Tag Archives: medicine

A Woman is a Person! Sophia Jex-Blake’s Historical Struggle

Discovery in archives sheds new light on Jex-Blake’s campaign for medical education for women
 
Dr Sophia Jex-Blake, c. 1860.

It has been known that Sophia Jex-Blake and her supporters, in their quest to open up University medical education for women, had written to the Senatus Academicus at St Andrews in an attempt to gain admittance to classes there, but the documentary evidence was not apparently extant.

While searching the Senatus papers for information about the University’s higher certificate for women, I was astounded to come across what must be the very letter Jex-Blake wrote, so far unlisted. It was

Women’s History Month: Pandita Ramabai

On 11 March 1889 the Indian activist known as Pandita Ramabai opened her Sharada Sadan (or Home for Learning) in Chowpatty, an area of Mumbai (which was then, under the British Raj, known as Bombay). She designed this institution to further a cause dear to her heart: security and an education for Hindu women who were widowed young. With this, after spending five years abroad in England and the USA, Pandita Ramabai launched her mission to improve the lives and opportunities of Indian women.

She was born as Ramabai Dongre, a high-caste Brahmin. While she was still very young her …

LGBT History Month: Bessie Craigmyle (1863-1933)

On 27 February 1933, Bessie Craigmyle was sitting by her fireside reading a newspaper. Two days earlier she had observed the forty sixth anniversary of the death of “the friend of her life” Maggie Dale.  Possibly she dozed off; at any rate the newspaper slipped into the fire, caught alight and set fire to her skirts.  Neighbours heard Craigmyle’s cries for help and smothered the flames. She was badly burned and taken to hospital. There her heart failed and she died in the early hours of 28 February. Her death certificate was signed by Dr Mary Esslemont, the daughter of …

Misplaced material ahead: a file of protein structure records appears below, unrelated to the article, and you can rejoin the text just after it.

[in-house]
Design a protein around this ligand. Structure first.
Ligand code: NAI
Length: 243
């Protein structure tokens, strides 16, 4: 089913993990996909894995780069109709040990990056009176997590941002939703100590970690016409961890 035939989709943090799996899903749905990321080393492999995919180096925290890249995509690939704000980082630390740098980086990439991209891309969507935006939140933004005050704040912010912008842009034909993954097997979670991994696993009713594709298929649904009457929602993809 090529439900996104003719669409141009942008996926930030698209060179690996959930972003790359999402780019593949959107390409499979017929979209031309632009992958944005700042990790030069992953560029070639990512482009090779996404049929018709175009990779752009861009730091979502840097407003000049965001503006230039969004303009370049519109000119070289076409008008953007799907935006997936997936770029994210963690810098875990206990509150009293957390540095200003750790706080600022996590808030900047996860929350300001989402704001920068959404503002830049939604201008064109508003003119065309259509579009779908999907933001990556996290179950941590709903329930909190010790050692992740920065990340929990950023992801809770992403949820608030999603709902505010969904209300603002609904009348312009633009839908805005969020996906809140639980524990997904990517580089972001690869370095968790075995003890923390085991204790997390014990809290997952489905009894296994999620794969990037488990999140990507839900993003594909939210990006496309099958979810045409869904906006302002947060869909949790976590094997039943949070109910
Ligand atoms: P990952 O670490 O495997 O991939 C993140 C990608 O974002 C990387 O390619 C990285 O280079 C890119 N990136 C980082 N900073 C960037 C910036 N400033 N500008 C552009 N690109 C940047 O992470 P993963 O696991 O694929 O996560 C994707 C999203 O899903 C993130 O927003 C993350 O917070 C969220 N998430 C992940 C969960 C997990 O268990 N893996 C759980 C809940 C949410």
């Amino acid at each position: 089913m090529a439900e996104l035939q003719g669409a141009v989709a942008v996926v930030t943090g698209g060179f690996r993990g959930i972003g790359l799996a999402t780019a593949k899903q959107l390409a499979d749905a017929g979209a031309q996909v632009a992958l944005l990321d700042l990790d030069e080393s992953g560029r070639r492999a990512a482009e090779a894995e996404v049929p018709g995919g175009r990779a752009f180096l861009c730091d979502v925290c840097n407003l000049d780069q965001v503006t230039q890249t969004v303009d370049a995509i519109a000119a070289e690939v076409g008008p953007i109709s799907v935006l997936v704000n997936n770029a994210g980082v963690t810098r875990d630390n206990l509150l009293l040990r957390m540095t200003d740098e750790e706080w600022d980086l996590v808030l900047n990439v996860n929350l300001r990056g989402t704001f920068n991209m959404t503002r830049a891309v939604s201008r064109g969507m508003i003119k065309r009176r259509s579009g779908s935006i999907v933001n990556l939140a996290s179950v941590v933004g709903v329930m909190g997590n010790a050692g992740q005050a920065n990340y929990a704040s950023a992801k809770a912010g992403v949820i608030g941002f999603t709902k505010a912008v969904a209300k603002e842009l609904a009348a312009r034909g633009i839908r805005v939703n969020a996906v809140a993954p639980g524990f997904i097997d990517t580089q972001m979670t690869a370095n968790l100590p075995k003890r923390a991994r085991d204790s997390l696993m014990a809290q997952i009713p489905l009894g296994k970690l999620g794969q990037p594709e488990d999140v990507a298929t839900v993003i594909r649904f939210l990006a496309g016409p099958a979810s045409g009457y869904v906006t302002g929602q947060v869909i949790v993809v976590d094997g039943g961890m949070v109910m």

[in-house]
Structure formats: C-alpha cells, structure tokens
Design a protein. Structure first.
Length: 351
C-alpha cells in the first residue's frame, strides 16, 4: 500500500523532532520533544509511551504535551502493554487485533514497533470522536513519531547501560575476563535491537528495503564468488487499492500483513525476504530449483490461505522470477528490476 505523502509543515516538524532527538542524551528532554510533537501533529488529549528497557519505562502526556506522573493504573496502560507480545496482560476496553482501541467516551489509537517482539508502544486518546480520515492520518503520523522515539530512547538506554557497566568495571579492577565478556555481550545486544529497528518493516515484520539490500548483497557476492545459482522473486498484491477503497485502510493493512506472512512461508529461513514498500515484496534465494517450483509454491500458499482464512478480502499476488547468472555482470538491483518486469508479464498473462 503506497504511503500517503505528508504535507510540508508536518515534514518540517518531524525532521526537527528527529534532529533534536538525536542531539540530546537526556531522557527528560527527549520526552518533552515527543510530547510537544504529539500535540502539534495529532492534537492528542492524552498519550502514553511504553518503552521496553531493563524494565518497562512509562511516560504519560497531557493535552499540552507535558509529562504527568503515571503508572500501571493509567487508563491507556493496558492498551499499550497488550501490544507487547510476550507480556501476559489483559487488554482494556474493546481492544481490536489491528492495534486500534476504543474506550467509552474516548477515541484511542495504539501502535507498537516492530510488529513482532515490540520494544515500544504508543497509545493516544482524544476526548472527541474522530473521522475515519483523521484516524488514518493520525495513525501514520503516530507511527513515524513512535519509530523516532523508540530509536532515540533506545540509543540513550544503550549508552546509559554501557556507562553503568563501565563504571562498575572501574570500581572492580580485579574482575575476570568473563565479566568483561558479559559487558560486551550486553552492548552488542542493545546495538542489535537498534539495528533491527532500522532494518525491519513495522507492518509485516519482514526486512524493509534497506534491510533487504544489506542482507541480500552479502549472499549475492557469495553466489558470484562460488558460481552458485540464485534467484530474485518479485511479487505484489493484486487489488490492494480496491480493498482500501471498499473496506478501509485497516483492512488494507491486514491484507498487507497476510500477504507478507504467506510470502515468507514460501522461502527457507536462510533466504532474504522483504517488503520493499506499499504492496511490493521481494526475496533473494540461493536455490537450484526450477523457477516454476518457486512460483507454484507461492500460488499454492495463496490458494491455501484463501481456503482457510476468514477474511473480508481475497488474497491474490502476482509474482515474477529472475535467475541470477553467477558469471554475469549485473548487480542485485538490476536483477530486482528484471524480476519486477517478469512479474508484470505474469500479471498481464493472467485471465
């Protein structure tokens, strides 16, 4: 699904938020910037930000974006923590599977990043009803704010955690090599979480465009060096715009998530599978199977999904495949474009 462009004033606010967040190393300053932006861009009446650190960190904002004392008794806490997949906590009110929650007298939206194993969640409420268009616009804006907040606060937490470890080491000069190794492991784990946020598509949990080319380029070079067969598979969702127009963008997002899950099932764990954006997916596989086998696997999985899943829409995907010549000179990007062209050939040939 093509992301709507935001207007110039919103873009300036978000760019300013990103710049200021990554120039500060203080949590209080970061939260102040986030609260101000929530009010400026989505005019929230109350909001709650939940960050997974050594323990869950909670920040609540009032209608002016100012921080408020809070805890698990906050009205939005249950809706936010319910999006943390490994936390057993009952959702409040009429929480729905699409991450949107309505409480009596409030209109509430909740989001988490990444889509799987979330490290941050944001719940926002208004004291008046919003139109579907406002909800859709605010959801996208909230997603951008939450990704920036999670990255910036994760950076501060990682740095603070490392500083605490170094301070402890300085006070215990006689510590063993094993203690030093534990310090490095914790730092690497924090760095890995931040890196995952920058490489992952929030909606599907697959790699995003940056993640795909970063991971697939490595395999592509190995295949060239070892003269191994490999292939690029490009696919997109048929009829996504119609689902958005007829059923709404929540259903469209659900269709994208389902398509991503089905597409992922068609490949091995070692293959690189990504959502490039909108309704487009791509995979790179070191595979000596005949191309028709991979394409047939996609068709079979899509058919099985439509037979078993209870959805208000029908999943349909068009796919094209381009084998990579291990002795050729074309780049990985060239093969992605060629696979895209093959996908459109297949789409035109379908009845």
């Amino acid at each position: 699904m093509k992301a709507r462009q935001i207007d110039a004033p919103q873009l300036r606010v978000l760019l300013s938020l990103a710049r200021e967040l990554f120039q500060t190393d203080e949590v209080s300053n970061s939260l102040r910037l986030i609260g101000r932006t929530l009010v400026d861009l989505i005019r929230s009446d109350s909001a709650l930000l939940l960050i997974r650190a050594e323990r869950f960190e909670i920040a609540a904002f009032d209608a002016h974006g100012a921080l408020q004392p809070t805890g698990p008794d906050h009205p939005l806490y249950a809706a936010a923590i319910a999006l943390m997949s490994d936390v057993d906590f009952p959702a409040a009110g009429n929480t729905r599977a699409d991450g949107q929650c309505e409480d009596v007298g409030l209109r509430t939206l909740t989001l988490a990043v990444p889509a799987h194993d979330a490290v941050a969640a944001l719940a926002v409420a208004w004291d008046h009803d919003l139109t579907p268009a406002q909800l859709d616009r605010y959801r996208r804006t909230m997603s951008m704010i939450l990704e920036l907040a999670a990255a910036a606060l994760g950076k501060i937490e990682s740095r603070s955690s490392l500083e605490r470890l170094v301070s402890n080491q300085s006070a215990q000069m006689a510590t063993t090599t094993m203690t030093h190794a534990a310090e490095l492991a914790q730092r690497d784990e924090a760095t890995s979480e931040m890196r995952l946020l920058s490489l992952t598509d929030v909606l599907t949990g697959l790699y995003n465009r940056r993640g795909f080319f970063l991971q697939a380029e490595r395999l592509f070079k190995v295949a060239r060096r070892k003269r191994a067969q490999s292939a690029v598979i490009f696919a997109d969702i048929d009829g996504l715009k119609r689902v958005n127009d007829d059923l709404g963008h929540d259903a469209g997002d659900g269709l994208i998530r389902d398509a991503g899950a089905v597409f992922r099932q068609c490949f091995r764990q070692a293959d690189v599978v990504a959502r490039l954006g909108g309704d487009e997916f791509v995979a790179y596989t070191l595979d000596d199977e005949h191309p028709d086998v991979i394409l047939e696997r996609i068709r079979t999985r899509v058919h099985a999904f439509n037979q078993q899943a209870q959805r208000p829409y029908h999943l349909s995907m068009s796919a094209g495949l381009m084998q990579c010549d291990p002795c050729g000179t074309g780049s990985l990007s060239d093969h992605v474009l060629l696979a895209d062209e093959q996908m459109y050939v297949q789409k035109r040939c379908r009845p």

Anna Muncaster 1885-1930

“By casual acquaintances she was regarded as somewhat cold and reserved, but her friends and patients found in her a ready sympathy – devoid of sloppiness – a staunch loyalty and a keen sense of humour.”[1] This is how in its obituary notice the Journal of Mental Science described Anna Leila Muncaster who died aged forty five on the 26th September 1930 in Pietermaritzburg South Africa.

Born on the 20th January 1885 at Beauly near Inverness, Anna studied medicine in Edinburgh, graduating in 1909 with first class honours. On graduating from medical school Anna like many young …

Women’s History Month: Before there was internet, part 1: viagra

Fed up receiving emails advertising viagra and other sexual remedies? Well, your ancestors may have felt similarly. Nineteenth century newspapers were full of advertisements promising sexual remedies, from treatments for syphilis to cures for impotency. A selection from Irish newspapers are given below.

The Victim’s Friend, from the Anglo-Celt, 22 April 1858.

The sixty-fifth thousand-post free for a penny stamp. A practical treatise upon the prevention and self-cure of all the diseases that arise from the follies of youth, and the excesses of maturity; the causes of decay of the mental and physical powers and impediments to marriage, with plain …